Sunday, May 7, 2017

April: 物の哀れ

This is an extremely image-heavy post that shows the beautiful season of spring - you know what, why do I even bother making up an excuse?

This is a shameless sakura spam post in all its glory.

This year, I experienced my first spring. Before coming to Japan I never paid much attention to the flowers or trees around me. Singapore has so many evergreens that I think the only flowers I remembered, or at least went out of my way to notice, were ixoras. Or the occasional orchids that the neighbours grow.

Some plants and flowers began to bloom near the end of winter. One of my favourites was the ユキヤナギ (yukiyanagi, lit. 'winter willow') shrub. Also known as Thunberg's spiraea. It's really beautiful and true to its name, it does resemble snow collecting on the small, gentle branches of the willow tree.

Plum blossoms, or 梅花, also bloom at the end of winter, at least two to three weeks before the sakura makes its appearance.

Every morning, I cross a river lined with trees a couple of minutes away from school. One of the most delightful moments I've had was when I first saw, from that bridge, that the bare trees had began sprouting small red buds at the ends of their branches. This was around mid-March. It just happened overnight, at least fifty trees lining that river, all changing for the first time in several months. Again, I know this may seem totally ordinary to most who are reading, but for someone who saw this for the first time, it was nothing short of magical.

This might sound silly, but a couple of weeks earlier a pretty upsetting event left me feeling depressed and in an emotional funk. But seeing this view that morning changed everything. In a metaphorical, spiritual sense, these trees made me feel like I was able to start anew. I think I really needed to see it at that time and I was grateful that I could.

A week later, I saw my first sakura tree in full bloom. It's actually a pretty famous tree in the neighbourhood because it's a single tree of a different variety that blooms earlier than the rest (which are usually soumei yoshino sakura). Actually, a colleague of mine who lived in the vicinity told me to look for the「7-11の隣の桜木」(The Tree Next to the 7-11) on my way home. So I did.

The famous 7-11の隣の桜木
I also met M (who came down from Gunma and was travelling with her friend from Singapore) and we headed to Asakusa, and later to Shinjuku Gyoen, on a particularly cold day. We were definitely too early for full cherry blossom viewing, but there were a couple of trees that gave a good photo-op.

We had REALLY good tempura at a restaurant in Asakusa. I wish I had taken note of the name...

Day after day, the transformation across Tokyo unfolded. It was still unusually cold this March, so it took the trees a long time to reach full bloom - almost two weeks later. By the first week of April, it was everywhere. The view that made me fall completely in love with spring was that very same river where I first spotted the buds on the trees. This portion of the river was closer to my apartment:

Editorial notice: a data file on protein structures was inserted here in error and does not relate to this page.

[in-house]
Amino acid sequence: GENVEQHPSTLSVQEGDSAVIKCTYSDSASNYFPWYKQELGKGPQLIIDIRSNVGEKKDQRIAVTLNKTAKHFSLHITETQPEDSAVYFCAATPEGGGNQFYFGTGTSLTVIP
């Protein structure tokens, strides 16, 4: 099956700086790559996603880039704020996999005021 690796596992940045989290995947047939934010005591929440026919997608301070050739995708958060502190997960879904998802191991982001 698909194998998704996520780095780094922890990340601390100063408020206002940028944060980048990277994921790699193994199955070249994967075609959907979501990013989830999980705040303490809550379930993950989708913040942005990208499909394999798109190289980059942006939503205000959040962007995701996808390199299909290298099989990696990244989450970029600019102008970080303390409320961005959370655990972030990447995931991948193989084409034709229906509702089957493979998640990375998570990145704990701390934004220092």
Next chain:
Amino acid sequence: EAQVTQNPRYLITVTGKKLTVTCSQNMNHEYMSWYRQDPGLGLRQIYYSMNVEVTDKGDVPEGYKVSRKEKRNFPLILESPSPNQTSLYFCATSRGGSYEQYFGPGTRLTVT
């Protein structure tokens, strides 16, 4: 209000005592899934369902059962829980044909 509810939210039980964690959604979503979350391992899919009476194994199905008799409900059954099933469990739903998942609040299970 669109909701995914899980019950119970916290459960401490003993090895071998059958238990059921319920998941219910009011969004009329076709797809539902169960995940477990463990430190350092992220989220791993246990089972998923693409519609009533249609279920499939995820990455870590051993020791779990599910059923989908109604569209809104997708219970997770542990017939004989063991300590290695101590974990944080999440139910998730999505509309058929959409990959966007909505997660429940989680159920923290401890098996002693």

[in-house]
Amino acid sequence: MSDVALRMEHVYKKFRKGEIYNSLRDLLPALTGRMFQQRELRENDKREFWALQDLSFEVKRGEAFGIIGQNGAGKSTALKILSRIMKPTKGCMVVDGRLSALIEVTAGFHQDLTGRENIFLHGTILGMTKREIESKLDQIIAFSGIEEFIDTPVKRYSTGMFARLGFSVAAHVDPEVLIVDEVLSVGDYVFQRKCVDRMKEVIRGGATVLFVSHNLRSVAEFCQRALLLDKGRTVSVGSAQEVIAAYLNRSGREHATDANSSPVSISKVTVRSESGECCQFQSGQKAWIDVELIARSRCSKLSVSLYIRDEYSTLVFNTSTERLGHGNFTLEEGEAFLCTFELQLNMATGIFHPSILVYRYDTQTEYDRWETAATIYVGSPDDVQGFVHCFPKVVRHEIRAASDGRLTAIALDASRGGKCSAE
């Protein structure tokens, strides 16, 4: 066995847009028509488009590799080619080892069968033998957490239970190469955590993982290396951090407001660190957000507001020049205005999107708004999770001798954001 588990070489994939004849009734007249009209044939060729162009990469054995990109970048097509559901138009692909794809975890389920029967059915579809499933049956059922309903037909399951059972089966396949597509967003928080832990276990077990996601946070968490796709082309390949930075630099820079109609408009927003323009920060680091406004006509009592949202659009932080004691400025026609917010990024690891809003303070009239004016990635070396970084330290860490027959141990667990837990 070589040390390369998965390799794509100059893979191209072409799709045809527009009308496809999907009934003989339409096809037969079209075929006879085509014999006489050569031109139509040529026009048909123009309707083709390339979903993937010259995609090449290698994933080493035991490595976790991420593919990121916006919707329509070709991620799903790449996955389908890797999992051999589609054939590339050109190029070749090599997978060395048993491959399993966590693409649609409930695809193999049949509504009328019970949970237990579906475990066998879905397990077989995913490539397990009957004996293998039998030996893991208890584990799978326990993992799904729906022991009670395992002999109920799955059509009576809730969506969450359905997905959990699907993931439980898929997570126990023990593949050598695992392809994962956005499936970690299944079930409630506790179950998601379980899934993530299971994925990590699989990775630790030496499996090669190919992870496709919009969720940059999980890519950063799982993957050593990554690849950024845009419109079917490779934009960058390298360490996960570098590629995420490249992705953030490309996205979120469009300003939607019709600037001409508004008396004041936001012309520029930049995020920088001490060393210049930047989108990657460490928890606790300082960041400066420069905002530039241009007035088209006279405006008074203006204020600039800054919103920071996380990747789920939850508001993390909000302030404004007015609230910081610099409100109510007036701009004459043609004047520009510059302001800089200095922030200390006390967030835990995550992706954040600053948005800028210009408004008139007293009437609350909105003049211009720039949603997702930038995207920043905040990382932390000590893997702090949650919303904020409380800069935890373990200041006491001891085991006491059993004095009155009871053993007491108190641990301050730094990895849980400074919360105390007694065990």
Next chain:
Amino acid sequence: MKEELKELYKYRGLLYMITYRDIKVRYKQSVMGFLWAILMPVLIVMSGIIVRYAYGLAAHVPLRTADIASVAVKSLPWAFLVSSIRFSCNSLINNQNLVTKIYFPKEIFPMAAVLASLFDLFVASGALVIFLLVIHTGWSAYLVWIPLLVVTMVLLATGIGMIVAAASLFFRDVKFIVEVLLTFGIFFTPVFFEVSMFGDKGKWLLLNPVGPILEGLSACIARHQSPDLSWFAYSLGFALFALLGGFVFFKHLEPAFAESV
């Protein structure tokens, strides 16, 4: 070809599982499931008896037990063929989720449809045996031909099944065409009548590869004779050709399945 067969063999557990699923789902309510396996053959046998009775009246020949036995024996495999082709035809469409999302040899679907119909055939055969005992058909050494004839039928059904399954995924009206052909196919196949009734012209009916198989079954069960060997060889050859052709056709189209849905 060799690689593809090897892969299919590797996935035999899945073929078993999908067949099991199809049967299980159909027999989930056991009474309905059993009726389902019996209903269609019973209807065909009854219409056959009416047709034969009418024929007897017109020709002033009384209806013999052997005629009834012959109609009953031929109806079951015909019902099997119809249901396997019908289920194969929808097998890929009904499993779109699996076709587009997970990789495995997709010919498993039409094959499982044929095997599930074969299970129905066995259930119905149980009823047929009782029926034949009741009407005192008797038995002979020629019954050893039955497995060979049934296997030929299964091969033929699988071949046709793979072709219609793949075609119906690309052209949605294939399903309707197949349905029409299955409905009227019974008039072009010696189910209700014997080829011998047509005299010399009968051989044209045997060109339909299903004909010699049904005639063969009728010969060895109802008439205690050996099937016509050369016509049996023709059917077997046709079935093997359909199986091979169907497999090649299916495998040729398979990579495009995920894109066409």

During the sakura season, there are many things the Japanese do to commemorate the start of spring, from flower viewing parties (花見, hanami) to eating sakura mochi (桜餅, one of my favourite Japanese sweets), and many shops and restaurants created recipes that are sakura flavoured. At home, I tried making sakura-meshi (桜飯), where you rinse out the sakura pickled salt and add it to your pot of rice for a nice, fragrant and salty bowl of rice.

A bunch of my colleagues also gathered at one of our homes for a sakura-viewing party and I got to play babysitter for an afternoon with their children. We played hide and seek for over an hour (yes, I was the only adult playing), then we headed out for a stroll along the same river (again, a different portion).

The following pictures show the section of the river closest to my school, which in my opinion have the most beautiful and spectacular displays of the sakura.

Taking a selfie with some of our students on the way home

One of the things I love about this river is that it stretches for many kilometres and there's something different to see at every stretch. The best part though, is that it's not known to most tourists who visit Japan. I always snigger quietly when someone tells me they only want to go to Ueno Park, or Nakameguro to fight the crowds and see the cherry blossoms. Please. This one has even better views that the ones I mentioned, and it has a more humbling atmosphere - old folks gathering for beer, sake and boisterous chatter, or parents bringing their toddlers out in the neighbourhood to catch falling sakura petals.

For the purpose of privacy, I chose not to disclose location-specific information. But if you know me personally, drop me a message and I'd be happy to tell you where you can go to next spring for these beautiful views.

I also never realised how short-lived these cherry blossoms are. Some time after, there were a couple of days of rain, and nearly all the petals fell and were washed away. Everything was gone by the time May came around. Which brings me to the main point of this post (yeah, this wasn't just a gratuitous spam post).


I first learnt of this phrase in a beginner Japanese class. My teacher brought it up one random lesson, and said that mono no aware was an important Japanese philosophy in literature (Genji in particular), as important as yūgen in Noh, or the concepts of wabi-sabi and ma in aesthetics. She said that mono no aware extends beyond the pages of a book, and it permeates every aspect of life.

Having experienced my first season of cherry blossoms, and having seen them come and leave,
having to badly want something but teaching myself to let go,
wanting to remember something that time will eventually take away -

I've come to understand it, clearer than ever.

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